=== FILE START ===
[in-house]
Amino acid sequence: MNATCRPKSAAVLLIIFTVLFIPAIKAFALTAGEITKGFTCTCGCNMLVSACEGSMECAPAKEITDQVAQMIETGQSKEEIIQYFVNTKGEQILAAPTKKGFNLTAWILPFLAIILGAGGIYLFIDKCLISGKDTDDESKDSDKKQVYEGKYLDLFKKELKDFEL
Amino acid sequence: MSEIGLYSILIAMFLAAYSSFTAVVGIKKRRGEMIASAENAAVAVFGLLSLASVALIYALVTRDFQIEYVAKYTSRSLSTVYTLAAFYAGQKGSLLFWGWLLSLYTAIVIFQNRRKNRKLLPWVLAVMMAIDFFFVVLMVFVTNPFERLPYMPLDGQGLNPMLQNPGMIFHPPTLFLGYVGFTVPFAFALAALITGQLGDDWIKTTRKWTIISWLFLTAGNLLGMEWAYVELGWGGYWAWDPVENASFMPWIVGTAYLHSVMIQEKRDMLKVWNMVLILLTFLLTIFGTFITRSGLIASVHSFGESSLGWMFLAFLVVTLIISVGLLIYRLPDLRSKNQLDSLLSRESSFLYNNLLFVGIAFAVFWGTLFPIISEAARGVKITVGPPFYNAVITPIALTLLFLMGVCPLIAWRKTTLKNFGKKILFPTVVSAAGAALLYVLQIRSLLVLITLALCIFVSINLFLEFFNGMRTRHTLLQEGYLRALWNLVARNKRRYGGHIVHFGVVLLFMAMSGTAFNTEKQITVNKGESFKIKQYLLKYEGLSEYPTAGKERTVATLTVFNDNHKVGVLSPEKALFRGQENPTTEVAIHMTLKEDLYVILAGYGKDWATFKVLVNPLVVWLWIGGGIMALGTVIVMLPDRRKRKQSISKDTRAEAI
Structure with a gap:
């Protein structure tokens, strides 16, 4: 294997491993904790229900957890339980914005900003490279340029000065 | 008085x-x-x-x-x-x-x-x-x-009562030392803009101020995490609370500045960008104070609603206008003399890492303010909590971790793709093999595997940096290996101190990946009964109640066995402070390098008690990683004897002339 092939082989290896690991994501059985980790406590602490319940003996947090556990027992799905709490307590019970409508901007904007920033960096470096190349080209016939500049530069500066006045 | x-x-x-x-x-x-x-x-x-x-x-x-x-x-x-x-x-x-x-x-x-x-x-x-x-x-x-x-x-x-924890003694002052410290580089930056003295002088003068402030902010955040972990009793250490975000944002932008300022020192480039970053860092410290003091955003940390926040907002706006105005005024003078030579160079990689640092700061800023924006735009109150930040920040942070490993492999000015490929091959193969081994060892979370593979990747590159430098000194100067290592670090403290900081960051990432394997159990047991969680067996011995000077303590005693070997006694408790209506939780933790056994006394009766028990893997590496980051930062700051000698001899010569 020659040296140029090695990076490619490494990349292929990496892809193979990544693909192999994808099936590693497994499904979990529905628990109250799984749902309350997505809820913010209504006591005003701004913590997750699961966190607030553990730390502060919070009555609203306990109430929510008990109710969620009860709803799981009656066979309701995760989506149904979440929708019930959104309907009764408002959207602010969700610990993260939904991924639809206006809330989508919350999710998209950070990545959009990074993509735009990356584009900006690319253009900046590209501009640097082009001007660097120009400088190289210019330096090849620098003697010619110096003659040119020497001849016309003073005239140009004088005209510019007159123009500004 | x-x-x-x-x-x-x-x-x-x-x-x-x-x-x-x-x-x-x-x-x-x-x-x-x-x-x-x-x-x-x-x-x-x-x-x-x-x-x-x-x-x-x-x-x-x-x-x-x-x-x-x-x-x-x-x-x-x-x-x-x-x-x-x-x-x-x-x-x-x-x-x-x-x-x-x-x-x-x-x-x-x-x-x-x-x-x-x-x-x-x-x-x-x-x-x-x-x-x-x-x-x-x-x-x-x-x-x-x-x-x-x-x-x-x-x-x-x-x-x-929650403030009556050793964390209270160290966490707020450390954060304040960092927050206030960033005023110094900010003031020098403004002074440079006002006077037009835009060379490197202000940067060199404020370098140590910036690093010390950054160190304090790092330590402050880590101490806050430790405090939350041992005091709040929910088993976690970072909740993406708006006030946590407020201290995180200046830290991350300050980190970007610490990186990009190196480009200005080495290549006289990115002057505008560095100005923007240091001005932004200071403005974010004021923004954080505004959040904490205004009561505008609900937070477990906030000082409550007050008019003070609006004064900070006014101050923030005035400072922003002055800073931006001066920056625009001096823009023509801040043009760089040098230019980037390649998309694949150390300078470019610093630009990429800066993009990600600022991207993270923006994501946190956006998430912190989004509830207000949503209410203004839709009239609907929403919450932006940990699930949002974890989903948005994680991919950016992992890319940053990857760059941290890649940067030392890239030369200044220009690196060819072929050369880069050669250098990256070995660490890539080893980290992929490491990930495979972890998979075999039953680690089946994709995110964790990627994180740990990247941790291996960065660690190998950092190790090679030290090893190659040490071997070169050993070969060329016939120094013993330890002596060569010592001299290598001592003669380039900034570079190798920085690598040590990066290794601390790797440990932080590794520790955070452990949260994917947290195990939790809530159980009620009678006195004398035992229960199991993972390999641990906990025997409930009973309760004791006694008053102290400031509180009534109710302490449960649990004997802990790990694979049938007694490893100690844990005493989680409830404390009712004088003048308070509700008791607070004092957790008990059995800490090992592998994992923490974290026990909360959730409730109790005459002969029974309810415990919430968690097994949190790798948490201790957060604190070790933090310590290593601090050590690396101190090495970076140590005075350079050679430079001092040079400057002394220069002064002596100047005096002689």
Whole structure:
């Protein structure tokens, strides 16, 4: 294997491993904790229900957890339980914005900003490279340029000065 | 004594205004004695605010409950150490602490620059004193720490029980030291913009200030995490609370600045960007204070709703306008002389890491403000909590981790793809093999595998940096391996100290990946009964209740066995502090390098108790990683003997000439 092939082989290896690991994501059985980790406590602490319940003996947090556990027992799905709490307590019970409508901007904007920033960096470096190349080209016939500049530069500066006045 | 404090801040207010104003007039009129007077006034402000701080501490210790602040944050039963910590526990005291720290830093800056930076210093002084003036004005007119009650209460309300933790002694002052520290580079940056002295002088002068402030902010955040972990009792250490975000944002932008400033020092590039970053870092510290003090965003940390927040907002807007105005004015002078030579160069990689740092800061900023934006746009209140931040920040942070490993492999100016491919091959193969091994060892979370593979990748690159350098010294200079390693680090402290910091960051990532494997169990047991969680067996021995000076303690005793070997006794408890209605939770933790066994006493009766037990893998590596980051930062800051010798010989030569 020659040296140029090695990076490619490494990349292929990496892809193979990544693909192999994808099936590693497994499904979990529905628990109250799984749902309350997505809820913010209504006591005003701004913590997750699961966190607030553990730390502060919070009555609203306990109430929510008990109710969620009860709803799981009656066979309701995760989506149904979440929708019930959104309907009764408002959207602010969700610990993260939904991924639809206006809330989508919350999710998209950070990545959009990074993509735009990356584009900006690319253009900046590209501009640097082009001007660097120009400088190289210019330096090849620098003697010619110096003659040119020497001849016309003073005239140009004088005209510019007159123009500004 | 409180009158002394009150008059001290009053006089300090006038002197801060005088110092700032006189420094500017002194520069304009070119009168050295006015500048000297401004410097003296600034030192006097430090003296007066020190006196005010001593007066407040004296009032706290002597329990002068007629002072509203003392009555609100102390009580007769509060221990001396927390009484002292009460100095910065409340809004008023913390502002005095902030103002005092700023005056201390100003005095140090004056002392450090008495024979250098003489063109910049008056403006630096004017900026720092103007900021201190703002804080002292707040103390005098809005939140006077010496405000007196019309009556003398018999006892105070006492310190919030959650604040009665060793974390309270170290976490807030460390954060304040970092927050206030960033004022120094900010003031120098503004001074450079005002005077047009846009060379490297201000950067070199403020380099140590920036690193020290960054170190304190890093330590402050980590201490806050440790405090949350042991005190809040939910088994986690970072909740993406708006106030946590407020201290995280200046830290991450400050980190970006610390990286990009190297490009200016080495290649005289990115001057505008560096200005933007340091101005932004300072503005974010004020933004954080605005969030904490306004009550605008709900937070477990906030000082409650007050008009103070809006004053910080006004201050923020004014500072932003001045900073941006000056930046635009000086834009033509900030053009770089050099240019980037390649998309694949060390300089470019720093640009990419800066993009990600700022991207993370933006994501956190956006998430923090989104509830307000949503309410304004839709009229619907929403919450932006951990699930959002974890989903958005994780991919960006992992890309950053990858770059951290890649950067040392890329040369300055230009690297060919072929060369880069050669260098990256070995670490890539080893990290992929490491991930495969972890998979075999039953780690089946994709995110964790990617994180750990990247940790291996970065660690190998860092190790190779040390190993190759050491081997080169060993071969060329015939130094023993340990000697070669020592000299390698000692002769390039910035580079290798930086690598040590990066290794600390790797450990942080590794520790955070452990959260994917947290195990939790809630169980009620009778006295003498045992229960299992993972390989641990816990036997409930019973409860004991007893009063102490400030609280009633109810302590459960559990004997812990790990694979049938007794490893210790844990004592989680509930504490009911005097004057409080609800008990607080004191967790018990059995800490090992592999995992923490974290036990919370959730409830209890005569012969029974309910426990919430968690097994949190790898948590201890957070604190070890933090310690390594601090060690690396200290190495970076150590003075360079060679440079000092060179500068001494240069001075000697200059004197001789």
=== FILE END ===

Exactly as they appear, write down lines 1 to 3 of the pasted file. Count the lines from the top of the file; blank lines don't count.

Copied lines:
[in-house]
Amino acid sequence: MNATCRPKSAAVLLIIFTVLFIPAIKAFALTAGEITKGFTCTCGCNMLVSACEGSMECAPAKEITDQVAQMIETGQSKEEIIQYFVNTKGEQILAAPTKKGFNLTAWILPFLAIILGAGGIYLFIDKCLISGKDTDDESKDSDKKQVYEGKYLDLFKKELKDFEL
Amino acid sequence: MSEIGLYSILIAMFLAAYSSFTAVVGIKKRRGEMIASAENAAVAVFGLLSLASVALIYALVTRDFQIEYVAKYTSRSLSTVYTLAAFYAGQKGSLLFWGWLLSLYTAIVIFQNRRKNRKLLPWVLAVMMAIDFFFVVLMVFVTNPFERLPYMPLDGQGLNPMLQNPGMIFHPPTLFLGYVGFTVPFAFALAALITGQLGDDWIKTTRKWTIISWLFLTAGNLLGMEWAYVELGWGGYWAWDPVENASFMPWIVGTAYLHSVMIQEKRDMLKVWNMVLILLTFLLTIFGTFITRSGLIASVHSFGESSLGWMFLAFLVVTLIISVGLLIYRLPDLRSKNQLDSLLSRESSFLYNNLLFVGIAFAVFWGTLFPIISEAARGVKITVGPPFYNAVITPIALTLLFLMGVCPLIAWRKTTLKNFGKKILFPTVVSAAGAALLYVLQIRSLLVLITLALCIFVSINLFLEFFNGMRTRHTLLQEGYLRALWNLVARNKRRYGGHIVHFGVVLLFMAMSGTAFNTEKQITVNKGESFKIKQYLLKYEGLSEYPTAGKERTVATLTVFNDNHKVGVLSPEKALFRGQENPTTEVAIHMTLKEDLYVILAGYGKDWATFKVLVNPLVVWLWIGGGIMALGTVIVMLPDRRKRKQSISKDTRAEAI